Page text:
Every time you think, “Marvel may have all the versatility in the world, but is common throughout everything they do”, they’re going to prove you wrong.
Blind lawyer Matt Murdock is gifted with heightened senses. When he loses faith in the judicial system, he decides to take matters in his own hands and uses his martial arts prowess and superhuman senses to fight crime as… an unnamed vigilante.
Daredevil takes the form of an origin story for both Daredevil and his arch-nemesis, the Kingpin of crime. Matt may already be living the vigilante life, and Wilson Fisk may already be ruling the underworld, but they are still trying to figure out what it is they’re trying to achieve, how they want to go about it, and what they want their place to be in Hell’s Kitchen. (That’s the name of the neighborhood in New York that they live in.)
The series takes place in the Marvel Cinematic Universe, and we clearly see the effect the events of The Avengers have had on New York. That forms a starting point for the plot. But you also need to remember that this is a completely new part of the world that none of the other material has tackled yet. This is about regular people living regular lives. And the crime is the sort that makes these lives more difficult. Like corruption. Drugs. Crime you can get away with. Unlike the movies, where the criminals aren’t even trying to pretend they’re not criminals. It’s the kind of life that makes it believable to us that a man who has dedicated years to perfecting his talents as a lawyer would lose faith in what he’s doing.
But with what Matt and Fisk do come moral dilemmas. They question whether they should be doing it at all. They question their methods. It can’t be easy to choose whether or not to take drastic action if you can’t see another way that would work, but can’t allow yourself to go that far. And it gets even worse when the third factor comes into play: your own wants. If you are uncomfortable with doing what you deem beneficial to your cause, it can cause problems. If you start enjoying the necessary evil parts of your job, that is a problem too. And we see all of that play out in this series.
Production quality-wise, superhero series like Arrow and Agent Carter are never mentioned in the same league as others like True Detective and Sherlock. Daredevil, I believe, transcends its peers in that regard. The actors deliver convincing performances, and I believe a shout-out is in order for Vondie Curtis-Hall’s portrayal of Ben Urich, an investigative reporter who has decades of experience, but his exhaustion makes him uncertain what to do with it. The score is great, too, with an especially creepy and haunting opening track. But the part that really stands out here is the action. The action is generally well-choreographed, as it really looks like the stunt doubles know their stuff, but there’s more to it than that. The choices made in terms of how to depict the scenes are downright brilliant, leading to some of the greatest fight sequences in TV history. The way it shows how Matt uses his senses to his benefit, the way it makes us feel how tired he is, the choice of when to cut the shot, or not to, and the sheer number of times Matt gets hit all contribute to scenes which go beyond fun, and actually contribute to storytelling through character development.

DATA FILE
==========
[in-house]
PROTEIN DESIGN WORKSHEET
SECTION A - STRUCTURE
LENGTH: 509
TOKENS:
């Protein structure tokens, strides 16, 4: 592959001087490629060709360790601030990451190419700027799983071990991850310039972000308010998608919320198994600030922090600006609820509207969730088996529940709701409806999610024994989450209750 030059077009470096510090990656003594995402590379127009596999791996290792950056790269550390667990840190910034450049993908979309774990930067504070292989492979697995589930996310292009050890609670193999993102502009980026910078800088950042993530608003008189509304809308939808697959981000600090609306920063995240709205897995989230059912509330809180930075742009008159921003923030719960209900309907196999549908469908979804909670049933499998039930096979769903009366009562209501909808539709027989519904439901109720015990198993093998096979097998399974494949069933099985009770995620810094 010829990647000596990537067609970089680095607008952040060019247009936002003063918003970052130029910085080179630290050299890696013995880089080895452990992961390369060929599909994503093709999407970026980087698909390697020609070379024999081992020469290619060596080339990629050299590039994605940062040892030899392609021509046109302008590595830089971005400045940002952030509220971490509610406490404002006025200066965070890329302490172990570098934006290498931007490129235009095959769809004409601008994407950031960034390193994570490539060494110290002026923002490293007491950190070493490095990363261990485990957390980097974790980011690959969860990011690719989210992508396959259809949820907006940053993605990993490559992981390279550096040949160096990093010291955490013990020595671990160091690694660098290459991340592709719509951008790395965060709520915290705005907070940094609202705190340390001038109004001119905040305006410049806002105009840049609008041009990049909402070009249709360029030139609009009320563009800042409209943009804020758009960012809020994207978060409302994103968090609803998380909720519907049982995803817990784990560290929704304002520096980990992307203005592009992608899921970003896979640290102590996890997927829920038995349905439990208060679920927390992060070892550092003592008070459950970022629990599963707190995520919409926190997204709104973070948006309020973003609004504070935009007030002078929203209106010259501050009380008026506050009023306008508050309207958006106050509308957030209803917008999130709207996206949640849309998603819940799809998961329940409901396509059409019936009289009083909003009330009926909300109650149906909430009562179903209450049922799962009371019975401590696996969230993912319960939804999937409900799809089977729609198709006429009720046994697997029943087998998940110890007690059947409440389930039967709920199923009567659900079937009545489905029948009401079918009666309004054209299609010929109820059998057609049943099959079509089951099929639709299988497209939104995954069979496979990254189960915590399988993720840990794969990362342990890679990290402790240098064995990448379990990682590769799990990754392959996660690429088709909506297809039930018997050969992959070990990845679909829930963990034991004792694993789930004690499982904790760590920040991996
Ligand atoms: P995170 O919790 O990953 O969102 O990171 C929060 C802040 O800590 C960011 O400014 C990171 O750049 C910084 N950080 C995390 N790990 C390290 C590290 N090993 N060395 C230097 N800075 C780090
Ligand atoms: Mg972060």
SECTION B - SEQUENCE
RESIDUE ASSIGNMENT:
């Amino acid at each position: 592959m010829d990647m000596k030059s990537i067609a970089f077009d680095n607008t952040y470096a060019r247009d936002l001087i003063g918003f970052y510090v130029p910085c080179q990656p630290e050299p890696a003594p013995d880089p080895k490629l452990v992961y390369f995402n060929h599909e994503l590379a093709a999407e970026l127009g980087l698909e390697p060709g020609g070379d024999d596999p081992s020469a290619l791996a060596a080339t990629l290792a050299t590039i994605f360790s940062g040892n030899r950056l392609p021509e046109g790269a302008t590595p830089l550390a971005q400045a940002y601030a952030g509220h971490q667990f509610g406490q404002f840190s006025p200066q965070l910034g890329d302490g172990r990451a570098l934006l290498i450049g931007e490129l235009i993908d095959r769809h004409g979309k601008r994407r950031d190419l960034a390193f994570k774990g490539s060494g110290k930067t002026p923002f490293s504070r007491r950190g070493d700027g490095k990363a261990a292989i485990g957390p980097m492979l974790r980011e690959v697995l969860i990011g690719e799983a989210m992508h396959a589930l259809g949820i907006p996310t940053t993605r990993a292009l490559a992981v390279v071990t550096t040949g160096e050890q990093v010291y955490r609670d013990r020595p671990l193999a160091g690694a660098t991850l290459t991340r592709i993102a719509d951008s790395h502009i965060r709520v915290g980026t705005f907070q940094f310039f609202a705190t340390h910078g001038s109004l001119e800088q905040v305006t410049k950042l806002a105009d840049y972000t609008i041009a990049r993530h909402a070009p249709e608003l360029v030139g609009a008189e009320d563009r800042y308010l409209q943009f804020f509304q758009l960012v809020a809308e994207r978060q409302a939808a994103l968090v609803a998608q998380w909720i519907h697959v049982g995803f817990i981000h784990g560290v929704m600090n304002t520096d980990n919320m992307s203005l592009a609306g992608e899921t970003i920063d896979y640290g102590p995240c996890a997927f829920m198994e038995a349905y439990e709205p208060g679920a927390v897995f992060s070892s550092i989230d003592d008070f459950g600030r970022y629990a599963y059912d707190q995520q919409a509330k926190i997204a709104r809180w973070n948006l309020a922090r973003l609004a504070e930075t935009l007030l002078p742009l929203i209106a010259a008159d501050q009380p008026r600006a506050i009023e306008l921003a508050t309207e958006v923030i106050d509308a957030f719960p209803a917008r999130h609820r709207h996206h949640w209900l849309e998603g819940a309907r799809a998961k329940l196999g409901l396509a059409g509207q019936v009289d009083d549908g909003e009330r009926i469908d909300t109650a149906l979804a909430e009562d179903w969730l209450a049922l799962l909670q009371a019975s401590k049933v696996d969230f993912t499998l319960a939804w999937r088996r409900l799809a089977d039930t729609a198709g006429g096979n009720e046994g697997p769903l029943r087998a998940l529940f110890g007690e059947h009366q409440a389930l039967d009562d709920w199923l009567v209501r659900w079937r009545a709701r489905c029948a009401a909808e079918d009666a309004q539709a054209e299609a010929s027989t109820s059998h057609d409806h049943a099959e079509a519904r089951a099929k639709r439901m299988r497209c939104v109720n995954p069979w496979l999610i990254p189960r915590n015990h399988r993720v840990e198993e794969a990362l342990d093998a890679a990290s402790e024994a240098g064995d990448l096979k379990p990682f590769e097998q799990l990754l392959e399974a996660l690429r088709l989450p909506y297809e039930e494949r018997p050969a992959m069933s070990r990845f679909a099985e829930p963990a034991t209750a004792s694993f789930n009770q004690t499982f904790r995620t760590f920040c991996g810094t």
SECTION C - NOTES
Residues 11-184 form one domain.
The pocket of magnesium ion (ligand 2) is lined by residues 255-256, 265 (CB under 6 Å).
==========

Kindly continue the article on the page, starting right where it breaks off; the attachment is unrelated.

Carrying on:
One thing I realized on watching this series is that Agent’s of S.H.I.E.L.D. wasn’t going to stay the best superhero TV Series forever. One thing I realized on reviewing it is that I cannot sufficiently express my love for it while restricted by the ‘spoiler-free’ tag. Expect a ‘thoughts on Daredevil’ post soon. Or whatever soon means for this website. Meanwhile, up next is my rundown of thoughts on, hopes for and expectations for the Eisner Awards 2015. Stay tuned.
I recommend: If you liked The Dark Knight Trilogy (that was a joke, I know you did), you’re going to love this. The grit, the realism the depth and the desperation are all reminiscent of Bruce Wayne’s own struggles.